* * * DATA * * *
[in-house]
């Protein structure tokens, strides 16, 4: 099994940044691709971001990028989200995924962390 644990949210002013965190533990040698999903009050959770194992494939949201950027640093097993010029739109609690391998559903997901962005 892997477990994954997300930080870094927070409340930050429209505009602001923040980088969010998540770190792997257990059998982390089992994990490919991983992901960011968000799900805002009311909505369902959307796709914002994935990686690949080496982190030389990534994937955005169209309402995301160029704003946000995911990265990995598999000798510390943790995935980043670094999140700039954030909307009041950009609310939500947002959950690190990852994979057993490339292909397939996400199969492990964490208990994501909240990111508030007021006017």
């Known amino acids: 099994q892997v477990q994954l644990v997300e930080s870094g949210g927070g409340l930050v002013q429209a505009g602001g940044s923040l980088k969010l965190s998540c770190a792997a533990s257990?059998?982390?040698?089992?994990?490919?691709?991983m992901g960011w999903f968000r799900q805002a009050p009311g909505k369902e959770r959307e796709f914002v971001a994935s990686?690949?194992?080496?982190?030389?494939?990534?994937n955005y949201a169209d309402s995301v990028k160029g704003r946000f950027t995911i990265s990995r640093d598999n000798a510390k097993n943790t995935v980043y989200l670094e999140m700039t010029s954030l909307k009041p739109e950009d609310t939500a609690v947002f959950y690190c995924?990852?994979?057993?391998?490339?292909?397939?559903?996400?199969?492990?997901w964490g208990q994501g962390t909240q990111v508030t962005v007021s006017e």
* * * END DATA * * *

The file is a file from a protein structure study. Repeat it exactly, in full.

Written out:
[in-house]
């Protein structure tokens, strides 16, 4: 099994940044691709971001990028989200995924962390 644990949210002013965190533990040698999903009050959770194992494939949201950027640093097993010029739109609690391998559903997901962005 892997477990994954997300930080870094927070409340930050429209505009602001923040980088969010998540770190792997257990059998982390089992994990490919991983992901960011968000799900805002009311909505369902959307796709914002994935990686690949080496982190030389990534994937955005169209309402995301160029704003946000995911990265990995598999000798510390943790995935980043670094999140700039954030909307009041950009609310939500947002959950690190990852994979057993490339292909397939996400199969492990964490208990994501909240990111508030007021006017």
């Known amino acids: 099994q892997v477990q994954l644990v997300e930080s870094g949210g927070g409340l930050v002013q429209a505009g602001g940044s923040l980088k969010l965190s998540c770190a792997a533990s257990?059998?982390?040698?089992?994990?490919?691709?991983m992901g960011w999903f968000r799900q805002a009050p009311g909505k369902e959770r959307e796709f914002v971001a994935s990686?690949?194992?080496?982190?030389?494939?990534?994937n955005y949201a169209d309402s995301v990028k160029g704003r946000f950027t995911i990265s990995r640093d598999n000798a510390k097993n943790t995935v980043y989200l670094e999140m700039t010029s954030l909307k009041p739109e950009d609310t939500a609690v947002f959950y690190c995924?990852?994979?057993?391998?490339?292909?397939?559903?996400?199969?492990?997901w964490g208990q994501g962390t909240q990111v508030t962005v007021s006017e």